Of course, passion rarely has direction, and pretty soon you’re swamped. They always have something you must watch, and must see, and they’re always right about that. This kind of lecturer inspires you to pursue what you want, and often that is not beneficial to your bank account.

If you have an Inspiration, try to get them on some one-to-one time to discuss your assignments. Ask them directly for recommended sources, and search online for free copies before you race to Amazon. If you’re struggling with the direction of your essay, have a plan ready and seek the advice of your peers.

2. The Feedback Expert

This is the one who will spend hours on your work writing comments on the side. It doesn’t matter that they run one of the largest modules; every student matters, and every student will get a detailed breakdown of their work. It’s exciting to see what an expert thinks of the piece you spent two weeks on. Part of you is already guessing which bits they’ll love. Getting work back from them is like being rewarded for the hours you slaved over the assignment.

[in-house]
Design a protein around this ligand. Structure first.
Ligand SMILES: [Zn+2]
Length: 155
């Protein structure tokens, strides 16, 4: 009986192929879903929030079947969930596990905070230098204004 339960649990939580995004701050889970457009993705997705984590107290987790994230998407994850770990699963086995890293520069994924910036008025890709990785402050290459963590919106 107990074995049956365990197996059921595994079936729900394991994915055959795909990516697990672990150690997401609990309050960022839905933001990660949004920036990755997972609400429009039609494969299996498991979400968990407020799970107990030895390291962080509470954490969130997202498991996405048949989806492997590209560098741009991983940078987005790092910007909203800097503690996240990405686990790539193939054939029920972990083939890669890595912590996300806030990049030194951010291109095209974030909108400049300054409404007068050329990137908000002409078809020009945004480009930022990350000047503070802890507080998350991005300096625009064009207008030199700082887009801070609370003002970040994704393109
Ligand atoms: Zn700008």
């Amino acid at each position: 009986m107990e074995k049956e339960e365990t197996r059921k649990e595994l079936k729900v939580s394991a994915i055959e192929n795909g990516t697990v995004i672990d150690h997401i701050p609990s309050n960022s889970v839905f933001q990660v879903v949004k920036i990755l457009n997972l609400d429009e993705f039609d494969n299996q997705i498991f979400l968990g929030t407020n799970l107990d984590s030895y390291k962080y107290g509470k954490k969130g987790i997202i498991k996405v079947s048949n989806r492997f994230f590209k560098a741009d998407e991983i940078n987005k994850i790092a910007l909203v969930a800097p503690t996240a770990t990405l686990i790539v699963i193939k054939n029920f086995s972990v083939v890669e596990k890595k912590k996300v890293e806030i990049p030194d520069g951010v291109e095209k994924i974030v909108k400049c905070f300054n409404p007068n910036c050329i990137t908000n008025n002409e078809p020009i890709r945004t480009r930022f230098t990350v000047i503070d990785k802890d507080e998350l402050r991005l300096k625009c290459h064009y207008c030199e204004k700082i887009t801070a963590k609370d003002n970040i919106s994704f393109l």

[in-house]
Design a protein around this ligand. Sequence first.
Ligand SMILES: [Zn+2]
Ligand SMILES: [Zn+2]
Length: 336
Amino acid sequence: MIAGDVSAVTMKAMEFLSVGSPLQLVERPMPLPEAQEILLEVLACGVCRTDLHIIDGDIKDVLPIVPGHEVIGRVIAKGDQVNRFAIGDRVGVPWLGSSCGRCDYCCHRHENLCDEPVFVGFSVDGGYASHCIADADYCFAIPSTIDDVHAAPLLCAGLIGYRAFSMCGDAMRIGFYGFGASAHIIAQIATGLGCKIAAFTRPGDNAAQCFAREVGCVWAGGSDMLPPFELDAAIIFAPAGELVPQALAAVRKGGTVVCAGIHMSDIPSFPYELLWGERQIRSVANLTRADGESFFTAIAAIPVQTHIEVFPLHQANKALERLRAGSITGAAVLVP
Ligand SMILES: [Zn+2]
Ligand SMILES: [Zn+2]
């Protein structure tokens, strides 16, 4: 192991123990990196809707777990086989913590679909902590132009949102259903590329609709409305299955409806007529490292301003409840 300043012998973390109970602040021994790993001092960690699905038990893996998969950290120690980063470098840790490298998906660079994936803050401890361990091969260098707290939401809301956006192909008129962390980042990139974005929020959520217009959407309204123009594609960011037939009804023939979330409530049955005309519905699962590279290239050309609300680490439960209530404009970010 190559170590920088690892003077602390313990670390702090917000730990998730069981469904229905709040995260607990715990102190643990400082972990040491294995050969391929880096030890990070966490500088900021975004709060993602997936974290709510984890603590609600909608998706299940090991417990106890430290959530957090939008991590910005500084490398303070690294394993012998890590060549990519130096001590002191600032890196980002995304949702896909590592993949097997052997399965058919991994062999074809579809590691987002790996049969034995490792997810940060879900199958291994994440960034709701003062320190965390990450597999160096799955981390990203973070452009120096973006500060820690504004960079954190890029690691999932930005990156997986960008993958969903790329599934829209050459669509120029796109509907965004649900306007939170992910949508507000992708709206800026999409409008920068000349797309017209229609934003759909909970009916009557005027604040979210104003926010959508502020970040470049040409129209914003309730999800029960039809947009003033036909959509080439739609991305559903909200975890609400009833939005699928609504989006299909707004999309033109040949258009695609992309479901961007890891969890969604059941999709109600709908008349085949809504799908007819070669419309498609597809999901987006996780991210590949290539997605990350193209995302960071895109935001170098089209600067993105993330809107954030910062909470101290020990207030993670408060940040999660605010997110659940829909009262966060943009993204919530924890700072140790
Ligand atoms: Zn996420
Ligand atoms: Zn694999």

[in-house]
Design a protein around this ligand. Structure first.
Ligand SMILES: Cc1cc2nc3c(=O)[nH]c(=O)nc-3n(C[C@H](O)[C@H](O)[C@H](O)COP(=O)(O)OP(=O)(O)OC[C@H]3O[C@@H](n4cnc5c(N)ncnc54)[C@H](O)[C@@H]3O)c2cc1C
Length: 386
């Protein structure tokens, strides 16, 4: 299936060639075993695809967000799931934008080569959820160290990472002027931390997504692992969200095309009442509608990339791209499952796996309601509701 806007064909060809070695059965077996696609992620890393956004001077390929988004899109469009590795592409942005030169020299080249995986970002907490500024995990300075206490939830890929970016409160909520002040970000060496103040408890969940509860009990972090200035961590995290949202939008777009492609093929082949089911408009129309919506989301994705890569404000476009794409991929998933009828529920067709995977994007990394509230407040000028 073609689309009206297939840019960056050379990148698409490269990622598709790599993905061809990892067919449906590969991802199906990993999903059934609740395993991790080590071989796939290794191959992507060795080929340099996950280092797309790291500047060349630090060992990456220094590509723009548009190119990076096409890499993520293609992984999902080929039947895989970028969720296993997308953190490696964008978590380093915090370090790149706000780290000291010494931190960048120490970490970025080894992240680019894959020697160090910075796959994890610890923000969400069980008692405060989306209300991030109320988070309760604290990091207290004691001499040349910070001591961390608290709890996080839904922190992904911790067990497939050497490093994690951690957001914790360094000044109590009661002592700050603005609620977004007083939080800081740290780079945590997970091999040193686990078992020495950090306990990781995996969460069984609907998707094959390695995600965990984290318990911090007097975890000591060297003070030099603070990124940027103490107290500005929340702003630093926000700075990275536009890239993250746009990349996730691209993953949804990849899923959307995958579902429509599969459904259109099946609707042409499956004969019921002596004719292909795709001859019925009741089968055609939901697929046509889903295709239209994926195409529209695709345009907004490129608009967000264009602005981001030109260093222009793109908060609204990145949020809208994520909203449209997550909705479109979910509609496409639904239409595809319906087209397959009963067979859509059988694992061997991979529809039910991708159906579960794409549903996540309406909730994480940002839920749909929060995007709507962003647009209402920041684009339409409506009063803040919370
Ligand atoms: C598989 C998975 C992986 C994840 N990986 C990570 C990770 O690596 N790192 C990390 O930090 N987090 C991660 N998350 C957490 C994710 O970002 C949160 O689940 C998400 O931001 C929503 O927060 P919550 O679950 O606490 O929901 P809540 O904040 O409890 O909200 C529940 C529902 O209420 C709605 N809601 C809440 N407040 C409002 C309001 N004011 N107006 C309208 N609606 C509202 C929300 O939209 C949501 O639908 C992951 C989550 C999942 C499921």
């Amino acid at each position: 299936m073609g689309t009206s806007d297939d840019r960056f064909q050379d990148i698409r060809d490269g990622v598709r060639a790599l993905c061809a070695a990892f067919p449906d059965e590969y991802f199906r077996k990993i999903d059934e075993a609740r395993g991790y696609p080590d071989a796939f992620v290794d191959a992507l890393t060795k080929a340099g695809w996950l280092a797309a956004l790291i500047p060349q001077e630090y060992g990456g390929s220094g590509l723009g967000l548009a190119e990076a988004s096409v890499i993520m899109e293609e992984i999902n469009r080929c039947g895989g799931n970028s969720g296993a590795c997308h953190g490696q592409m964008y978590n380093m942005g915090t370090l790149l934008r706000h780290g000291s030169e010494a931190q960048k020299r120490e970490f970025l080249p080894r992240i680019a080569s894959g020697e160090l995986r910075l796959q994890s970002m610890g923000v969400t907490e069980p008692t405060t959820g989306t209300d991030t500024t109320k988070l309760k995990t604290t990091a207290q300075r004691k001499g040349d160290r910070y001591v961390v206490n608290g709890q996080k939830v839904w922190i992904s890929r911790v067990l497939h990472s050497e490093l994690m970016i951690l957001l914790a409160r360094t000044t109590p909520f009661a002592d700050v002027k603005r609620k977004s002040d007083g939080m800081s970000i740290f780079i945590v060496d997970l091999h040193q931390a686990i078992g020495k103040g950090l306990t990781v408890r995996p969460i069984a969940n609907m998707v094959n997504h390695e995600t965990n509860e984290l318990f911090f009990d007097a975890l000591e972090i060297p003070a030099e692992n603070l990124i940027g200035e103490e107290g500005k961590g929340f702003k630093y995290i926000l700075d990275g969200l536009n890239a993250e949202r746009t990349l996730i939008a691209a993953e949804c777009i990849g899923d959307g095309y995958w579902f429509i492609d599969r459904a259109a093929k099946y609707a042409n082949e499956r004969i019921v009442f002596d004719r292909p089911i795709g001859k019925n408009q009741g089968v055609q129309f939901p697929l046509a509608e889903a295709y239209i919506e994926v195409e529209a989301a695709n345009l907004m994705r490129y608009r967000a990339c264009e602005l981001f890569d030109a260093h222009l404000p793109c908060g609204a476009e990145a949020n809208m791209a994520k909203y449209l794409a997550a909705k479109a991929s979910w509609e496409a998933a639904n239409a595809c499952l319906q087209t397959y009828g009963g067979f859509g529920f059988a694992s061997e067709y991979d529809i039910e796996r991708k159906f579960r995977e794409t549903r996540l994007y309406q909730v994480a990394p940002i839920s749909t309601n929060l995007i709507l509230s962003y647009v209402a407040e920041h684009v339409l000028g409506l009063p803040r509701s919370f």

Of course, that kind of attention to detail means work can sometimes be delayed. And by sometimes, that means most of the time. The tailored response to your work is no simple feat, and unfortunately, that means every little detail will be noticed. A misplaced comma, an unitalicised title, a rogue reference; nothing will escape their critical eye. This often means that beautiful piece you crafted on Coleridge, Freud or Contract Law will be smeared on every page with corrections.